Wild-type and morphant embryos were fixed in 4 % paraformaldehyde/PBS and infiltrated with 2-hour steps of 15 % sucrose, 30 % sucrose and 100 % Tissue-Tek OCT. Embryos were orientated, sectioned, and mounted on gelatin-coated glass slides. Antibodies that recognize Laminin -111 (Laminin-1 epitope, Sigma L9393; 1:200 dilution) were used in a 5 % Goat Serum/PBT blocking solution. This antibody was raised against purified basement membranes and affinity purified against entire Laminin-111 heterotrimer. Immunoreactivity was detected with fluorescent a secondary antibody and imaged with a Nikon C1 confocal microscope.
Fluorescently labeled 2MDa dextrans were injected into the tail vein or sinus venosus of 2–5dpf, PTU treated, anesthetized Tg(fli1a:GFP) zebrafish embryos as previously described.31 Embryos were mounted in 1% low-melt agarose and injections were done using a Drummond Nanoject (Drummond Scientific Co, Broomall, PA) with micropipettes cut to a bore size of 5–10 μM. Distribution of dextrans throughout the vasculature was monitored through a fluorescent dissecting microscope and imaging was done with a Nikon C1 confocal microscope.
Expression of foxC1a and foxC1b were assessed during development by in situ hybridization. As previously reported, we found both genes expressed in the paraxial mesoderm, head mesenchyme, and vascular system before 24 hours post fertilization (hpf) (data not shown; 22). By 24 hfp, strong expression of foxC1a was found in the periocular mesenchyme (Figure 1A,C). Levels in the periocular mesenchyme peaked between 24 and 36 hpf, and then gradually decreased over time (Figure 1A,C). In the developing hyaloid vasculature, levels of foxC1a expression correlated with expression in the periocular mesenchyme (Figure 1C). Expression of foxC1a was also maintained in endothelial cells of the developing trunk vasculature (Figure 1D). From 72–96 hpf, strongest expression of foxC1a was found in the branchial arches (Figure 1A,C). foxC1b showed both overlapping and distinct patterns and timing of expression as compared to foxC1a. In the periocular mesenchyme, expression lagged behind foxC1a, with levels not detectable until 36 hpf, but then persisting later during development (Figure 1 B,C). Expression in trunk vascular endothelial cells was evident at all times assessed, though levels in the hyaloid were below detection by whole mount in situ hybridization (Figure 1 B,C,D). Overall, strongest expression of foxC1b was in the branchial arch region and the fin buds (Figure 1B,C).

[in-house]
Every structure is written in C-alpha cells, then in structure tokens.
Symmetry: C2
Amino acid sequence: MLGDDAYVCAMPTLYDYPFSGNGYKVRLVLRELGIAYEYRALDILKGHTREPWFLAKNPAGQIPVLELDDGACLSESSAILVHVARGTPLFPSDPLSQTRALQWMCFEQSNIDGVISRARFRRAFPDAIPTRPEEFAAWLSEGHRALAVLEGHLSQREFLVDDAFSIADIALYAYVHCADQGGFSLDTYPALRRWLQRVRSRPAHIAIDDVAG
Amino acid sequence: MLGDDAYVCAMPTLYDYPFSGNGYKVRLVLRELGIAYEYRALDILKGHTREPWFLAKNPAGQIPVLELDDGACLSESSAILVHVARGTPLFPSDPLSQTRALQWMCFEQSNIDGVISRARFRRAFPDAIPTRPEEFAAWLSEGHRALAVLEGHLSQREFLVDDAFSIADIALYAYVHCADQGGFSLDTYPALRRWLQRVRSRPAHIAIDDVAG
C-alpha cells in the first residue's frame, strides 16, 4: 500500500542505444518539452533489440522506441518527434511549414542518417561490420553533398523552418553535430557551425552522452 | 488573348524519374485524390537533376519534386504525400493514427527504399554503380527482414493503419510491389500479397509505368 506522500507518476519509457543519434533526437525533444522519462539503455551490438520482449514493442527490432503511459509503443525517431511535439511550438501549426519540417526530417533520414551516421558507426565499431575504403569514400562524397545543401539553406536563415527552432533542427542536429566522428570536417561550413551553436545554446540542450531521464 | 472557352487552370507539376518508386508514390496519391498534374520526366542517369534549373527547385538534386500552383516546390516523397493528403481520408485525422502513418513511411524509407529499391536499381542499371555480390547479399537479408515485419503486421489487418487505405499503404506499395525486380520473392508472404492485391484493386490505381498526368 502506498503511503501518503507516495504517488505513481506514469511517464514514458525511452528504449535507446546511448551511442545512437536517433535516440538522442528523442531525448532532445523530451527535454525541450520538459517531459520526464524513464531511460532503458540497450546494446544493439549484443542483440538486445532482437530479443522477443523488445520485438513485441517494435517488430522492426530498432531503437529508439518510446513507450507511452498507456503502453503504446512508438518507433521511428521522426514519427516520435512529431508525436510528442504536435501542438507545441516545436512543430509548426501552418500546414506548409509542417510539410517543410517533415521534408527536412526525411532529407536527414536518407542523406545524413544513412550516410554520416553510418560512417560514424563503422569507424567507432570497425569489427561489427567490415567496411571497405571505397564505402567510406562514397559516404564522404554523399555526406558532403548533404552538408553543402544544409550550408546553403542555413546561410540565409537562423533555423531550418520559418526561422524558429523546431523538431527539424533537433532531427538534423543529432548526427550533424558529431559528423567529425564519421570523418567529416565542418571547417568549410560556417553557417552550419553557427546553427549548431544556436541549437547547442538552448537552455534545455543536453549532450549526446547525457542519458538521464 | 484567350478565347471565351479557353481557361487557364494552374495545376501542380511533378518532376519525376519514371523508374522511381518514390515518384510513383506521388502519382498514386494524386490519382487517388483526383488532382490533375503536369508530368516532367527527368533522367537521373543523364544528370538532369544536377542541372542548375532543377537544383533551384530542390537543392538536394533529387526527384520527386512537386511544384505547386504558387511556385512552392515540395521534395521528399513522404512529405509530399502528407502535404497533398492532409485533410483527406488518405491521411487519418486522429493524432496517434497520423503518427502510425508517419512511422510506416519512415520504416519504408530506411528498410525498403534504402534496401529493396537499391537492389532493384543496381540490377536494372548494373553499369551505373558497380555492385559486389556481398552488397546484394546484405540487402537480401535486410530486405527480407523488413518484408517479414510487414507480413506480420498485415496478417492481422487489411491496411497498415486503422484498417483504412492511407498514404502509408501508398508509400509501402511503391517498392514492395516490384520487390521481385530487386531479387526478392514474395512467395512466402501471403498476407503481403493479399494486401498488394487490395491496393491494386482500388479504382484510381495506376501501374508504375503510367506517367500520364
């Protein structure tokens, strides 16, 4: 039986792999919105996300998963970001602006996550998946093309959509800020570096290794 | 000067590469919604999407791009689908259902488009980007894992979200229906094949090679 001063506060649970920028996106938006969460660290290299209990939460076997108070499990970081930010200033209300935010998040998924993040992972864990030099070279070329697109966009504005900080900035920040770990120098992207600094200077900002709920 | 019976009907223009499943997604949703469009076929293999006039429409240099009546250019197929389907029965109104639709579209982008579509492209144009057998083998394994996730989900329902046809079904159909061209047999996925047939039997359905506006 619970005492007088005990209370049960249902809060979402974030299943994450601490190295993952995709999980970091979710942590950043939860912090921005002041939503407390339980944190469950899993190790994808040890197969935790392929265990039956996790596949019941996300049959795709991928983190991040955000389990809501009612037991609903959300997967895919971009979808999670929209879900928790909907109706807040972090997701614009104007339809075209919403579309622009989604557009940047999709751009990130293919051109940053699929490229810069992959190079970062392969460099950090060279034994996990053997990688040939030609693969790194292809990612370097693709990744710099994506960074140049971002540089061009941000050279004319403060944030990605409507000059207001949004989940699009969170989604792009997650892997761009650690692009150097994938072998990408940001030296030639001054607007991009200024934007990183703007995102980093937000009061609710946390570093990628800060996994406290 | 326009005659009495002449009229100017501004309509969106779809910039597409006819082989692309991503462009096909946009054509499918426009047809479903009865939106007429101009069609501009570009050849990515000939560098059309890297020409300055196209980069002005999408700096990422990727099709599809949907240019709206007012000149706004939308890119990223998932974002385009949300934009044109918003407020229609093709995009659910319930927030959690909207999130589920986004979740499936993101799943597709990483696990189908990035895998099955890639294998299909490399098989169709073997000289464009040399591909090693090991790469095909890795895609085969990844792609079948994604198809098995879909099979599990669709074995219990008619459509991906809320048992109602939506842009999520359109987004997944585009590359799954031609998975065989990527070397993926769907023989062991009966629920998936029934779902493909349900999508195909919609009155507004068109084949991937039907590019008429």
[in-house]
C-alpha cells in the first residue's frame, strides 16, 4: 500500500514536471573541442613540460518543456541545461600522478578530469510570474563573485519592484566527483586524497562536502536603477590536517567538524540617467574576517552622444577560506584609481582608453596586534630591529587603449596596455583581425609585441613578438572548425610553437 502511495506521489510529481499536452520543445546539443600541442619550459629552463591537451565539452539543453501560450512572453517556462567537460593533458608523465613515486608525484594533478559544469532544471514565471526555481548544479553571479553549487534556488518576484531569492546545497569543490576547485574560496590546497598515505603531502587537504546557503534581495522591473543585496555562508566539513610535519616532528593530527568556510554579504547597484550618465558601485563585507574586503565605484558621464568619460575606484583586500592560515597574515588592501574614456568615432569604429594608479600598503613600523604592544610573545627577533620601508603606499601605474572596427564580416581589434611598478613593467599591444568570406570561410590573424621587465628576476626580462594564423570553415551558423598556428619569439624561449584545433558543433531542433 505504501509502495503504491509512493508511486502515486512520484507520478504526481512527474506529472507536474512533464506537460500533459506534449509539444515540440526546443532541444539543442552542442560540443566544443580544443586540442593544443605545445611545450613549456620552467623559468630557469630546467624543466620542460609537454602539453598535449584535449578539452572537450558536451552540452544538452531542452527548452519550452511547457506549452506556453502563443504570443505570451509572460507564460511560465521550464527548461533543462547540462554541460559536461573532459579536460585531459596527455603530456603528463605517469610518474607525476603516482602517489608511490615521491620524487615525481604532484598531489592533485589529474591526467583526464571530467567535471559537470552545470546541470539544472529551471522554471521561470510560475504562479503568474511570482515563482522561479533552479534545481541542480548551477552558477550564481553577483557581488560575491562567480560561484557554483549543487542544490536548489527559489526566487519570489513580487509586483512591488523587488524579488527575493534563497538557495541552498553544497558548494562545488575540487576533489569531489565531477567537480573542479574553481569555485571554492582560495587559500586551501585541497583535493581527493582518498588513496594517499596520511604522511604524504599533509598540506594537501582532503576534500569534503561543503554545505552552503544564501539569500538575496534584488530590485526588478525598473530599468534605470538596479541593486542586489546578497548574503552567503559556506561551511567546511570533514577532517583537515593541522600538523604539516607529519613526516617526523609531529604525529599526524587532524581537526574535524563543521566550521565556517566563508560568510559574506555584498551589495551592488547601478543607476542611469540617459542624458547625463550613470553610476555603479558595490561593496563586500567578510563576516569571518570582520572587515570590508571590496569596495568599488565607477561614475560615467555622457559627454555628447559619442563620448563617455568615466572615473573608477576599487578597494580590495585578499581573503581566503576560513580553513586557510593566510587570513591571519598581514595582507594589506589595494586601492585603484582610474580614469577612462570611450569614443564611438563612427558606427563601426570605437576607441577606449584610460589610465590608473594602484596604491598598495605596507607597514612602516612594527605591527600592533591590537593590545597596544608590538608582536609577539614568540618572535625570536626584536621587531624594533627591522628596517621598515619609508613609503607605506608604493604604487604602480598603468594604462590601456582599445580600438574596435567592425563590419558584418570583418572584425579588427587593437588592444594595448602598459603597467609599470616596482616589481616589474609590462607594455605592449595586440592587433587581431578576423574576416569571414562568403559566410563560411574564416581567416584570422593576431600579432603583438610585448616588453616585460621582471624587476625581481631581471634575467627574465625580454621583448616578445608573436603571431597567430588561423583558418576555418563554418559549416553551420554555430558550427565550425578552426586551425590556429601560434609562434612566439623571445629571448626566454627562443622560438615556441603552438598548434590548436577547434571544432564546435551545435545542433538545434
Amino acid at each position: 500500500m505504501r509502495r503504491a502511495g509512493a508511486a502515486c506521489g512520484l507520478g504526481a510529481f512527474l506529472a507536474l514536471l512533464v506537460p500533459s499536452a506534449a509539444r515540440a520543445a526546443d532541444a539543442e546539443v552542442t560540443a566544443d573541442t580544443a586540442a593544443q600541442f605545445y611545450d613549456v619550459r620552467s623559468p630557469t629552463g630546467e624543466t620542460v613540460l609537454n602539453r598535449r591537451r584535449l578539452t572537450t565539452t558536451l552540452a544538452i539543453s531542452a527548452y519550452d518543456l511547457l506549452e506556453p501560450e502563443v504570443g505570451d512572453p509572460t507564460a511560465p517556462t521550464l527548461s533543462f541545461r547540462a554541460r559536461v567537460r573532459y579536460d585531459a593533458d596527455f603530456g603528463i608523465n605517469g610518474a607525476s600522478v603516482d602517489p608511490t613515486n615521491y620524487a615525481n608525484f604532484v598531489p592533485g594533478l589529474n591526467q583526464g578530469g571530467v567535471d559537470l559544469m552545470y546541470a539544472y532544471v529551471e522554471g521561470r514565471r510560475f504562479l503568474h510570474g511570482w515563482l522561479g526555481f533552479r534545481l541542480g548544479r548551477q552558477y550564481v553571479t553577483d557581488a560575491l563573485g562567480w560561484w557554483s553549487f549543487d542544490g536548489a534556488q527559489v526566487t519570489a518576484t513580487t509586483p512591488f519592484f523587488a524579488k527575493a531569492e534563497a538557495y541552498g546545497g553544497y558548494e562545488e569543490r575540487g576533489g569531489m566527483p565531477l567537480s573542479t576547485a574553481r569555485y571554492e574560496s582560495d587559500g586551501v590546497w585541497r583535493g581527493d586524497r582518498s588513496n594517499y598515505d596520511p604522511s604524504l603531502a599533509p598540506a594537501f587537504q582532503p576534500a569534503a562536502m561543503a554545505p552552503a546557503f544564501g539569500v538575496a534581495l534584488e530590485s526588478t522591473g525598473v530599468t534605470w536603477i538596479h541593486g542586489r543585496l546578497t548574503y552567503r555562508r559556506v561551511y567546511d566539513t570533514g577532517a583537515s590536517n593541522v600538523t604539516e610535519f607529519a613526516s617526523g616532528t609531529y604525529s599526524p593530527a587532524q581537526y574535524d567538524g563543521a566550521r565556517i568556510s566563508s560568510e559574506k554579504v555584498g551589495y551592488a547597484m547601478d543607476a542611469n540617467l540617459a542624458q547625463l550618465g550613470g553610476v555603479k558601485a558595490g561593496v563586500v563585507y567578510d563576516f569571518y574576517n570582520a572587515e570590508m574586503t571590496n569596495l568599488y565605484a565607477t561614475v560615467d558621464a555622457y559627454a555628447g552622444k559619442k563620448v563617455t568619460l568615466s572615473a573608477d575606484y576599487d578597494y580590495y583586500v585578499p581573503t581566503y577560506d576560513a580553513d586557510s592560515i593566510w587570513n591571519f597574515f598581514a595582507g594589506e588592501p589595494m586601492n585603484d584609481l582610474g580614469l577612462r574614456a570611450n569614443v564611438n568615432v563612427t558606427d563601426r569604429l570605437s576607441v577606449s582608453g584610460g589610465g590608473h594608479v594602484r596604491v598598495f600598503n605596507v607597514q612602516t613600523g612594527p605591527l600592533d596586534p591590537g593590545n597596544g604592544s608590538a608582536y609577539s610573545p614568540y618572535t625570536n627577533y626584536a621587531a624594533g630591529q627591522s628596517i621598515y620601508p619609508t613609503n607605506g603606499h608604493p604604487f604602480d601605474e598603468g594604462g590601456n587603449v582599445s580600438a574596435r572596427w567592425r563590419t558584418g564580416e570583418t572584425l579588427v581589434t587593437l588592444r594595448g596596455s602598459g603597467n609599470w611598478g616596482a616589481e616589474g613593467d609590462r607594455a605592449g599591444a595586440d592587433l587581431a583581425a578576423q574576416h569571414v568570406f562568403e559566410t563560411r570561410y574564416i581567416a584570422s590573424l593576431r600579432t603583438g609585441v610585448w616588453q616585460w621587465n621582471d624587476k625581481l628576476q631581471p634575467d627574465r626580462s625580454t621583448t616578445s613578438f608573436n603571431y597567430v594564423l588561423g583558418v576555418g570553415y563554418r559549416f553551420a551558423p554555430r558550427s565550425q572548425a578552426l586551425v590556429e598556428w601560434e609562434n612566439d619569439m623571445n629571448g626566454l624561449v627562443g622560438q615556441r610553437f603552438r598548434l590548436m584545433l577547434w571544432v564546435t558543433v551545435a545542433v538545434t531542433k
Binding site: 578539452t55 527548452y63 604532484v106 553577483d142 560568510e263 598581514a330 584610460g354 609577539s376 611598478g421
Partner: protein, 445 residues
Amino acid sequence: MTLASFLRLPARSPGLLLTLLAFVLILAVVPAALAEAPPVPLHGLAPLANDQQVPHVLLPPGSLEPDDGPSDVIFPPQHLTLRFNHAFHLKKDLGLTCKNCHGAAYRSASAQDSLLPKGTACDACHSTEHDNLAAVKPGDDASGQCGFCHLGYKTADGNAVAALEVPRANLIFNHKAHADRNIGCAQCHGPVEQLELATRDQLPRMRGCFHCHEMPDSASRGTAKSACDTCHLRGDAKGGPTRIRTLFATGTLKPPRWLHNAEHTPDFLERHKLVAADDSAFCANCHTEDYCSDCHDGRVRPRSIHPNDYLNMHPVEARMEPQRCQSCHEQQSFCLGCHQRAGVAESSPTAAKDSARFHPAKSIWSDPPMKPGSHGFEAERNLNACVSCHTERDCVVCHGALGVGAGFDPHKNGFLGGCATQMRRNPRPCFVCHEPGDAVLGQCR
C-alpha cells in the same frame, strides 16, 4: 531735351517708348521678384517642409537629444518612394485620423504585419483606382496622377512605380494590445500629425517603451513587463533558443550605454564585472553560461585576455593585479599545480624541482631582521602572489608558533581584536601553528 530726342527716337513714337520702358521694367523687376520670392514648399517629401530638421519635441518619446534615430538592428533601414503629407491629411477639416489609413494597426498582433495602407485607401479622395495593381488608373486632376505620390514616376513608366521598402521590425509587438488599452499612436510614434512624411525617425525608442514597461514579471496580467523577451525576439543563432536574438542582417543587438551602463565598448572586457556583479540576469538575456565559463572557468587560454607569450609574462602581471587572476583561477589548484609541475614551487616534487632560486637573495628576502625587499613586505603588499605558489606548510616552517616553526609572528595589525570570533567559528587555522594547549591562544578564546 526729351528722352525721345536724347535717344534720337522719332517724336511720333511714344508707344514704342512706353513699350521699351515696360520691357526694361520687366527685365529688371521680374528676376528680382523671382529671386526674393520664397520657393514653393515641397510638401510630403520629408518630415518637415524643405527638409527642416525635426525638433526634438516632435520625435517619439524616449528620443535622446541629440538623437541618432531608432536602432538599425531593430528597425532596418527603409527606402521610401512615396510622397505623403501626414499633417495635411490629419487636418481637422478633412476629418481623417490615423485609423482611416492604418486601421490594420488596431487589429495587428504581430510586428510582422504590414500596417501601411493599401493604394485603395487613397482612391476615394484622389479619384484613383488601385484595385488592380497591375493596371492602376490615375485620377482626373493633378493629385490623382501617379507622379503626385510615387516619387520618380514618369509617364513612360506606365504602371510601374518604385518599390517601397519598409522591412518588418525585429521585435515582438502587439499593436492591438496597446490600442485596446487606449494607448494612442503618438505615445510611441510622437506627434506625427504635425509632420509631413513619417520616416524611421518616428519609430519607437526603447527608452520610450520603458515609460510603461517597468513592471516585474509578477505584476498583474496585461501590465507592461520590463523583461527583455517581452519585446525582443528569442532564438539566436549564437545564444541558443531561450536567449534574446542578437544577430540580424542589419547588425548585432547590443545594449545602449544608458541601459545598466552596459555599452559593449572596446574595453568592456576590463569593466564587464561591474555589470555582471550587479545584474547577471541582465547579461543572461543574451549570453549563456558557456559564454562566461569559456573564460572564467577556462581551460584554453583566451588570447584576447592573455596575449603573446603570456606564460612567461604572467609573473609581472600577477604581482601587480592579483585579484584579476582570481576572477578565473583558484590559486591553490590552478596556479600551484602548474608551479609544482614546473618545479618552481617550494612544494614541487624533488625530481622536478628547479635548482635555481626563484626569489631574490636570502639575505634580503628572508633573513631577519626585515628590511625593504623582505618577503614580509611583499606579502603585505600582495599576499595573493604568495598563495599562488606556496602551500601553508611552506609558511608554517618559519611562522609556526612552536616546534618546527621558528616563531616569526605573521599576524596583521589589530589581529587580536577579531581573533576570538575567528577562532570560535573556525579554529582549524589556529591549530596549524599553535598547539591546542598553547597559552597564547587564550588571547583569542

To address loss of function phenotypes during zebrafish development, morpholinos were used to knock down both foxC1 genes. The morpholinos used were originally described to assess phenotypes during early somitogenesis (<18 hpf).27 For both foxC1a and foxC1b, two independent morpholinos were designed to specifically target each gene. As both genes contain only one exon, morpholinos were designed to target the ATG start codon and 5′ untranslated regions. For both genes, injection of either morpholino resulted in similar phenotypes. The morpholinos targeting the ATG start codons were effective at lower doses and these were used for the remainder of our studies. Phenotypes were unchanged when a morpholino targeting p53 was co-injected, indicating the morpholinos do not promote phenotypes through off-target mediated cell death.32 Knock-down of foxC1a resulted in a number of gross phenotypes, including hydrocephaly, heart edema, a small eye, and variable hemorrhage within the CNS and eyes (Figure 2A). When foxC1b was targeted, no obvious phenotypes were observed except a slight developmental delay which is common with morpholino injections (Figure 2A). Based on gene similarity, we hypothesized the lack of gross phenotypes, may be due to compensation by foxC1a. This also raised the possibility that foxC1b may compensate to some degree for loss of foxC1a. To address this, morpholinos targeting both genes were co-injected and compared to embryos injected with the individual morpholinos plus control morpholino to maintain equal total morpholino concentrations. No additional phenotypes were observed as compared to foxC1a morphants, but the severity of phenotypes was increased (Figure 2A). The remaining studies were done with a combination of morpholinos targeting both foxC1 genes (foxC1dMOs).